Royal Mail stamps celebrate Sherlock Holmes


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04 August 2020
Royal Mail's set of ten stamps celebrate one of the most beloved fictional heroes of all time, Sherlock Holmes, with six stamps featuring images of characters from the BAFTA and Emmy award winning BBC series Sherlock, and a mini-sheet feature new illustrations of other stories written by Arthur Conan Doyle.

Six stamps depict characters from the BAFTA and Emmy award winning BBC series, Sherlock, including: Sherlock Holmes; Doctor John Watson; Jim Moriarty; Irene Adler; Mary Morstan; and Mycroft Holmes. Mrs Hudson and Eurus Holmes are also featured.    

Devised and written by Steven Moffat and Mark Gatiss, Sherlock aired for the first time in July 2010. This interpretation of Conan Doyle’s mysteries offered audiences a fresh, modern take on his novels and short stories, with an irreverent tone and 21st century technology such as internet searches, texting and GPS. It went on to win numerous awards for its writing, production and the acting of Benedict Cumberbatch, Martin Freeman, Amanda Abbington and Andrew Scott.

Each of the character stamp features a scene from some of the most popular episodes across all the series.

**SPOILER ALERT!** When UV light is shone over the stamps hidden details from the episode storyline are revealed, as shown below.

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An additional four stamps, presented in a miniature-sheet, explore other stories written by physician-turned-author, Conan Doyle. The stories included are among the ones Conan Doyle considered his favourites: The Adventure of the Speckled Band; The Red-Headed League; The Adventure of the Second Stain; and The Adventure of the Dancing Men.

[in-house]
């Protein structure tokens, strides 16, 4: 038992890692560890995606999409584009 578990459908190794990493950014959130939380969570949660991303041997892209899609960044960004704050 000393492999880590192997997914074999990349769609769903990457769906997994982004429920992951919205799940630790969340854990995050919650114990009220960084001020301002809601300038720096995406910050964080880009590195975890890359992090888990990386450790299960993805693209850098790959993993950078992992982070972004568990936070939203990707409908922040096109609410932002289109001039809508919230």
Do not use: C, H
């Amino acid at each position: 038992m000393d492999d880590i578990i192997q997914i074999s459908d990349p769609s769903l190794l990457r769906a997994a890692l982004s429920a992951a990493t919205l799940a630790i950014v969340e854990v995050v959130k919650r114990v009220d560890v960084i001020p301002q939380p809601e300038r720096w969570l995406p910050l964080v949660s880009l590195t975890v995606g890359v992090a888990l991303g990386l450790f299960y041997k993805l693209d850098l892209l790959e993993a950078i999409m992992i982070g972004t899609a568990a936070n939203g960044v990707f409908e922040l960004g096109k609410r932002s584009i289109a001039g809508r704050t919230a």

When Sir Arthur Conan Doyle published his first Sherlock Holmes novel, A Study in Scarlet, in 1887. He had no idea how iconic the character would become. Inspired by the detective stories of Edgar Allen Poe and real-life figures such as Scottish surgeon Joseph Bell, Conan Doyle would produce 56 Holmes short stories and four full-length novels before laying the character to rest in 1927.
Richard Doyle, Arthur Conan Doyle’s great nephew, said:

'In the first chapter of my great uncle Arthur's famous Sherlock Holmes novel, The Sign of Four, Sherlock remarks upon the sheet of stamps in Watson's desk - imagine his consternation if it turned out to be this sheet of stamps!  What would he have deduced from what he observed?

'I hope those who take a close look at these fascinating stamps, observing not just seeing, are inspired to read the original stories and novels written by my great uncle - Sir Arthur Conan Doyle.'

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